Friday, October 10, 2003

A federal appeals court yesterday rejected a $76,109 bill from advocacy-group lawyers who successfully argued for the removal of the Ten Commandments display from Alabama’s Supreme Court.

The 11th U.S. Circuit Court of Appeals panel praised the “excellent job” by lawyers from Americans United for Separation of Church and State and the Southern Poverty Law Center, but said the team’s lead lawyer, Ayesha N. Kahn, was far too expert to justify so much time preparing the appeal.

“It takes more time and effort to stalk beasts in the backwoods than it does to shoot fish in a barrel. … [For this appeal] not much stalking by plaintiffs’ counsel was required,” the court said in the 2-1 opinion that reads like an ad for Ms. Kahn’s legal talents.

The decision chastised suspended Alabama Chief Justice Roy S. Moore for not objecting to the “prevailing party’s” fee request and, in passing, for “his publicly announced intention to defy” the U.S. District Court order to remove the display that has since been carried out.

Winning lawyers in civil rights cases normally are awarded fees for their full bill if the loser does not object. It is particularly unusual in this case for the court to raise questions on its own because three lawyers on the team opted “as an exercise of billing judgment” not to charge for their time.

“We appreciate that fact, but on remand the District Court should determine whether the attorneys who did opt to seek reimbursement for their time should have exercised more billing judgment,” the court said.

The panel acknowledged that Chief Justice Moore raised new arguments, but said “it should not have taken much time” to find court decisions that blocked his contention that “the Ten Commandments are not religious in nature and his argument that he can do as he pleases regardless of federal court decisions to the contrary.”

“A legal team headed by Ms. Kahn should have taken fewer hours to handle this case on appeal than one without the benefit of her expertise,” the majority added without specifying how many of the 320 billed hours were too many.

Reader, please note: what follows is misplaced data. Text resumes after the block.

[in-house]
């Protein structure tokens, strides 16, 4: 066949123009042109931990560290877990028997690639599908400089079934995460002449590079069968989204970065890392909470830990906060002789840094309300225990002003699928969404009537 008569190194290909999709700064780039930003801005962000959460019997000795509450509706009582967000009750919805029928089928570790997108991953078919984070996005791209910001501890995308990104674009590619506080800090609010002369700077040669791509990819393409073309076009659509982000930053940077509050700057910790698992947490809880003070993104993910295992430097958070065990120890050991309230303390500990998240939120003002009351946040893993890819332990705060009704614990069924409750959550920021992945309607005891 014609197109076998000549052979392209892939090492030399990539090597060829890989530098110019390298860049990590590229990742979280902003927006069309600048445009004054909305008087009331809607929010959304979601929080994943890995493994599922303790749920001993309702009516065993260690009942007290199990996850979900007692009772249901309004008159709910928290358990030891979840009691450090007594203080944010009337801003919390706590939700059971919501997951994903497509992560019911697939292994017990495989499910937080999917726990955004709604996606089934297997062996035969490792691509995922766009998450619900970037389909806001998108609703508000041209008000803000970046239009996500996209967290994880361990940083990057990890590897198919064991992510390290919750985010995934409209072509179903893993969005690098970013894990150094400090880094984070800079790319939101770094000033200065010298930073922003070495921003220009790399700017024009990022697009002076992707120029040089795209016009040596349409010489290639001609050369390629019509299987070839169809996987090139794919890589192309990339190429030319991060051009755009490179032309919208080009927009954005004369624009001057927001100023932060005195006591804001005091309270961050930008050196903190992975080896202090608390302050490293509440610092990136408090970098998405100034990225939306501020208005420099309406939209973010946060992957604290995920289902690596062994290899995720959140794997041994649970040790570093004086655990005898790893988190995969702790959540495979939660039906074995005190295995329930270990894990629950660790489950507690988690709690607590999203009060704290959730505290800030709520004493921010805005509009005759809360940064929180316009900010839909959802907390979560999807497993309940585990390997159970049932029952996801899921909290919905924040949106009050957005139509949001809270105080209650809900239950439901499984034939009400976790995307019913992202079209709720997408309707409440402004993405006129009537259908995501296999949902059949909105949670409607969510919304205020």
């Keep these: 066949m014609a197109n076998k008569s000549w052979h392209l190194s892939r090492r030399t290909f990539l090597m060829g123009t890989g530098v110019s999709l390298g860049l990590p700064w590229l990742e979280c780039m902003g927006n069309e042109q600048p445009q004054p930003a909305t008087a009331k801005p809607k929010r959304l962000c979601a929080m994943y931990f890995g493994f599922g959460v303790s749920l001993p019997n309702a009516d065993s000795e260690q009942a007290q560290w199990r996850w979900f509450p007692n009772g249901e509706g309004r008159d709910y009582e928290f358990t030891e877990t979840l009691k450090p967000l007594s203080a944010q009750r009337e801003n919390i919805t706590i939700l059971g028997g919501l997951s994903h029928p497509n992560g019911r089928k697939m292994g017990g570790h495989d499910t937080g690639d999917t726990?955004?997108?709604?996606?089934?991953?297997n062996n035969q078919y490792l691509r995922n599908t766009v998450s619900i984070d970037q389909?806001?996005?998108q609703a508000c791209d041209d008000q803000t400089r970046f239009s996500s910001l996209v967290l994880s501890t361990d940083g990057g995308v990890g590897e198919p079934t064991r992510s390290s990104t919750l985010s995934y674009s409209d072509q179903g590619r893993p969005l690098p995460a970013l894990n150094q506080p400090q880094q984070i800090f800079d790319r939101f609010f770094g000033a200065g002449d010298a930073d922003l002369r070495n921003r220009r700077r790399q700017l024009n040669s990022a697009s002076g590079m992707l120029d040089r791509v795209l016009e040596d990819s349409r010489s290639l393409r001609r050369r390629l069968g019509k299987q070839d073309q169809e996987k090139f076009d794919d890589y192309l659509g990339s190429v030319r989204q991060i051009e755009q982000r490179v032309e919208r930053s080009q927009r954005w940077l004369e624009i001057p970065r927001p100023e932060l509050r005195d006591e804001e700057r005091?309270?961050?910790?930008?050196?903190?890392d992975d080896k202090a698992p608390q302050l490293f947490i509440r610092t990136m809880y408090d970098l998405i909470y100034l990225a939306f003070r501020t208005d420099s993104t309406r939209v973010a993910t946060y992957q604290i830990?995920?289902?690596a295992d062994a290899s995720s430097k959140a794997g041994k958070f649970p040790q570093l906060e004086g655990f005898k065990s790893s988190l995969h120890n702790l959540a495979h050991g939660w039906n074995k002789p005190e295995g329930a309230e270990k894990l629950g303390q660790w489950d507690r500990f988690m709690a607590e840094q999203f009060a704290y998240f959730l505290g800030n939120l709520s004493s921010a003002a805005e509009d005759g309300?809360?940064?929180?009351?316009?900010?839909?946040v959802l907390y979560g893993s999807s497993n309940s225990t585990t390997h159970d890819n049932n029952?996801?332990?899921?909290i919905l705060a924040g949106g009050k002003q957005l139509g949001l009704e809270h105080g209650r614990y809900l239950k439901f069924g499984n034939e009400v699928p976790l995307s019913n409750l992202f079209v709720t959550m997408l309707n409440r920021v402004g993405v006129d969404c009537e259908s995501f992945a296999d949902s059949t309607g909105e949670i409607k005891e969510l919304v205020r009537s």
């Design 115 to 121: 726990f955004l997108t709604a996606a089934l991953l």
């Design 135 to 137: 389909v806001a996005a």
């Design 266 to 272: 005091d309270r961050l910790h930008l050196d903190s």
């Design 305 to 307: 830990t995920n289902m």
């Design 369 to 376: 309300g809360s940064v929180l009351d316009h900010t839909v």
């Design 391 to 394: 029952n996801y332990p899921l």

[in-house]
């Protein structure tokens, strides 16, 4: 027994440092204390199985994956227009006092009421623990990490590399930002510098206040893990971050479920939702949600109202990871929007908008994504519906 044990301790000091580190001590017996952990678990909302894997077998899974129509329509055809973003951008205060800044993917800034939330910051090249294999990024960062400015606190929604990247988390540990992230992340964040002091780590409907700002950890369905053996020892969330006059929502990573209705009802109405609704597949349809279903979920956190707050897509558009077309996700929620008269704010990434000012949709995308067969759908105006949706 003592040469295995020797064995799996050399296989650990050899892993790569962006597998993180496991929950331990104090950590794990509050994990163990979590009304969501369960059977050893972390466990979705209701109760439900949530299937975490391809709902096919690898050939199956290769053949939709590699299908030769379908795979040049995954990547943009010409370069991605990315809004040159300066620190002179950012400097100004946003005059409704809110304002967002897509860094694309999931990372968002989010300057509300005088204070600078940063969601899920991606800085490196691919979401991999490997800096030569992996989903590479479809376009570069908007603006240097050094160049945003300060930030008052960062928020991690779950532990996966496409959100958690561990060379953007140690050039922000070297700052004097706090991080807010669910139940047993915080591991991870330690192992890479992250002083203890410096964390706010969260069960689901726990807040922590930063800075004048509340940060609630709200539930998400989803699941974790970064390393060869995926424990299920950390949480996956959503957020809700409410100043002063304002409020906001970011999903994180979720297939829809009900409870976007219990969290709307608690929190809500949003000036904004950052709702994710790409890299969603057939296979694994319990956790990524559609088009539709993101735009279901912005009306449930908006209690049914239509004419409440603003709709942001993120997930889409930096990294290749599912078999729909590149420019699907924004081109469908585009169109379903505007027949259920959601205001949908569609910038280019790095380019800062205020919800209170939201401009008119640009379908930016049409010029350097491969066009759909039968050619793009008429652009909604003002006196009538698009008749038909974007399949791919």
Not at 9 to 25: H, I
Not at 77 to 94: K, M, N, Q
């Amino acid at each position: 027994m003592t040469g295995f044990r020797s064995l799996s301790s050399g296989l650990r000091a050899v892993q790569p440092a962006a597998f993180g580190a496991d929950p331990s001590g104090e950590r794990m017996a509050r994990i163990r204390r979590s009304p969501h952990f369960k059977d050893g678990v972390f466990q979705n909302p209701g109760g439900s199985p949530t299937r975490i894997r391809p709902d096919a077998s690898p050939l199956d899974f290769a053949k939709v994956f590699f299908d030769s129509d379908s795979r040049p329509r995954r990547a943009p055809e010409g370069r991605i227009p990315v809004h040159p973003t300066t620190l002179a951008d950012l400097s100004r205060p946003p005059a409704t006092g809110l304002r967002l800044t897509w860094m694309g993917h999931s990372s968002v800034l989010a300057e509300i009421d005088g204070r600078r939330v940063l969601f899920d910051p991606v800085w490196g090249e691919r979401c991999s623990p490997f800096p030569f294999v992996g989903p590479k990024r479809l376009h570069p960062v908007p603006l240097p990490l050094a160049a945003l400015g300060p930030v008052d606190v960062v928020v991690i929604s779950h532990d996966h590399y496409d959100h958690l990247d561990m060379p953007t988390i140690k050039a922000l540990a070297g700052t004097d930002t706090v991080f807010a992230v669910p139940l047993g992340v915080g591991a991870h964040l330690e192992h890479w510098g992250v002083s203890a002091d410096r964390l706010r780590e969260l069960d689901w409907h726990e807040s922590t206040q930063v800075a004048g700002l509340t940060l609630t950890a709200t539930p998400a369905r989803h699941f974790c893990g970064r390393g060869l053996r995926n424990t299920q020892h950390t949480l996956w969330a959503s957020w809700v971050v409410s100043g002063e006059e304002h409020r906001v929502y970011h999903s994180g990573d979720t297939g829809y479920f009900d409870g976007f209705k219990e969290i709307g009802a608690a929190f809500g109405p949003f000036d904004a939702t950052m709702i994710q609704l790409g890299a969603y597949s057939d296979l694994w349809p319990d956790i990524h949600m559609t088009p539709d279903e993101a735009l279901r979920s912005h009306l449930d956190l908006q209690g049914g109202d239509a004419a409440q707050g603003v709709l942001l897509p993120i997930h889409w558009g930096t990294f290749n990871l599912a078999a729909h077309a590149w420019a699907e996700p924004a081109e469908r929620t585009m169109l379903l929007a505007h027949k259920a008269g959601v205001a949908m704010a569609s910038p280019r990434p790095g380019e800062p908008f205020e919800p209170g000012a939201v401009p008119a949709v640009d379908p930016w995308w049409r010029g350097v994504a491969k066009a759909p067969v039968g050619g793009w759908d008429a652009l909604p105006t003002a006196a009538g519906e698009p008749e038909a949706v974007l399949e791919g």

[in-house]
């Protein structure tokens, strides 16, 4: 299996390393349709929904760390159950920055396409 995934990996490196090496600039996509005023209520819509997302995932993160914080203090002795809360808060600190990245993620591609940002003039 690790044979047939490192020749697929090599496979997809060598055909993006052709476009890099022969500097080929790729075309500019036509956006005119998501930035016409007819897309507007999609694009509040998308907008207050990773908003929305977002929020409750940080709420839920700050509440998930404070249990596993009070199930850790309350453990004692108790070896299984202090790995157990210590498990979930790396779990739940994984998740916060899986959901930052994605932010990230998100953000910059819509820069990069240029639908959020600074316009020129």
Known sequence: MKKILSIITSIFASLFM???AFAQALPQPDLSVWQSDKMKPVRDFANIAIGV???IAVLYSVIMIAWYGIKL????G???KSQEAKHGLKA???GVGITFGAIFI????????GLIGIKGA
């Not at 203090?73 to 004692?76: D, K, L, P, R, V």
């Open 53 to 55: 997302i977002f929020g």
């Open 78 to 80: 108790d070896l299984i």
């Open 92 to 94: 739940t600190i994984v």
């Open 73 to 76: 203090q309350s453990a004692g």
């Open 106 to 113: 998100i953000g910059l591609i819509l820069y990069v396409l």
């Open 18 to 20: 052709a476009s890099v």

The appeals judges passed that task to the trial court and directed the judge to consult Alabama Attorney General Bill Pryor, even though his office did not directly represent the chief justice. The judges hinted that settling on a fee rather than defending against the claim would save taxpayers money.

Mr. Pryor told The Washington Times late yesterday that he had deferred to the chief justice’s attorneys and now “will participate in the proceeding before the District Court and strive to protect the taxpayers’ interest.”

Barry Lynn, executive director of Americans United, said he believes the fee request is reasonable and reflects long hours of work.

“I am proud of the work they did,” he said. “However, if the federal court thinks the request is too high and reduces it, we will accept that decision.”

Chief Justice Moore did not respond to inquiries at either of his offices.

The panel said Ms. Kahn, a staff lawyer at Americans United in the District, has focused on First Amendment religion cases for five years, including seven other Ten Commandments cases.

“With that kind of experience comes knowledge, efficiency, and self-confidence, which should reduce the number of hours necessary for the task,” the court said in the opinion written by Circuit Judge Edward Carnes, a 1992 Bush appointee, who was joined in the majority by Chief Circuit Judge J.L. Edmondson, a Reagan nominee.

The dissenter was U.S. District JudgeRichard W. Story, a special designee to the appeals panel who said that in the absence of objection by Chief Justice Moore, the state should pay the full claim. Judge Story was a Clinton appointee to the Northern District of Georgia.

The billing included 215 hours for writing the brief, 90 hours preparing for and delivering the argument in court, and 15 hours on the fee request.

The decision flatly prohibited paying for an additional handful of hours used to recruit supportive friends of the court and assistance in writing their amicus briefs.

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